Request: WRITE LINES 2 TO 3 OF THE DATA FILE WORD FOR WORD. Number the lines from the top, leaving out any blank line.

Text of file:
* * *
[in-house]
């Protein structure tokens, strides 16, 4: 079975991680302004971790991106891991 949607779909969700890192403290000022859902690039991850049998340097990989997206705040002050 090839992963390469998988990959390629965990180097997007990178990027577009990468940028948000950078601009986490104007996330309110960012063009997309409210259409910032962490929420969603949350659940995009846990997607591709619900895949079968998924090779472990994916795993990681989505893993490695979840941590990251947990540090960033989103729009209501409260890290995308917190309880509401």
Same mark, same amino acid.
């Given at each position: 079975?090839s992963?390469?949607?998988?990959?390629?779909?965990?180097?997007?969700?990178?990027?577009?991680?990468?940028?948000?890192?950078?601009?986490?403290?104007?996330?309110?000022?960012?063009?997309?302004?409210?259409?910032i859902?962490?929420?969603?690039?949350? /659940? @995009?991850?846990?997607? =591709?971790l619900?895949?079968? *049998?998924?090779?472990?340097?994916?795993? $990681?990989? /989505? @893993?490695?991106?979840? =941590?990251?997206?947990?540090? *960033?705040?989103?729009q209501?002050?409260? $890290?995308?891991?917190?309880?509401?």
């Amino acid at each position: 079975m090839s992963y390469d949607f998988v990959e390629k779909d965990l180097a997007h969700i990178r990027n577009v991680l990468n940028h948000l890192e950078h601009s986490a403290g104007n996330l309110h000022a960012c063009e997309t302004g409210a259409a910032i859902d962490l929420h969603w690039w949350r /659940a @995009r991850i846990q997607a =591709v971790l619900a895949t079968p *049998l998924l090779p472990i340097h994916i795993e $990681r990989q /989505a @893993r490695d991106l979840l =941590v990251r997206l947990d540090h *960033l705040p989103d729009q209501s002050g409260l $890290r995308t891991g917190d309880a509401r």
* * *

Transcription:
């Protein structure tokens, strides 16, 4: 079975991680302004971790991106891991 949607779909969700890192403290000022859902690039991850049998340097990989997206705040002050 090839992963390469998988990959390629965990180097997007990178990027577009990468940028948000950078601009986490104007996330309110960012063009997309409210259409910032962490929420969603949350659940995009846990997607591709619900895949079968998924090779472990994916795993990681989505893993490695979840941590990251947990540090960033989103729009209501409260890290995308917190309880509401």
Same mark, same amino acid.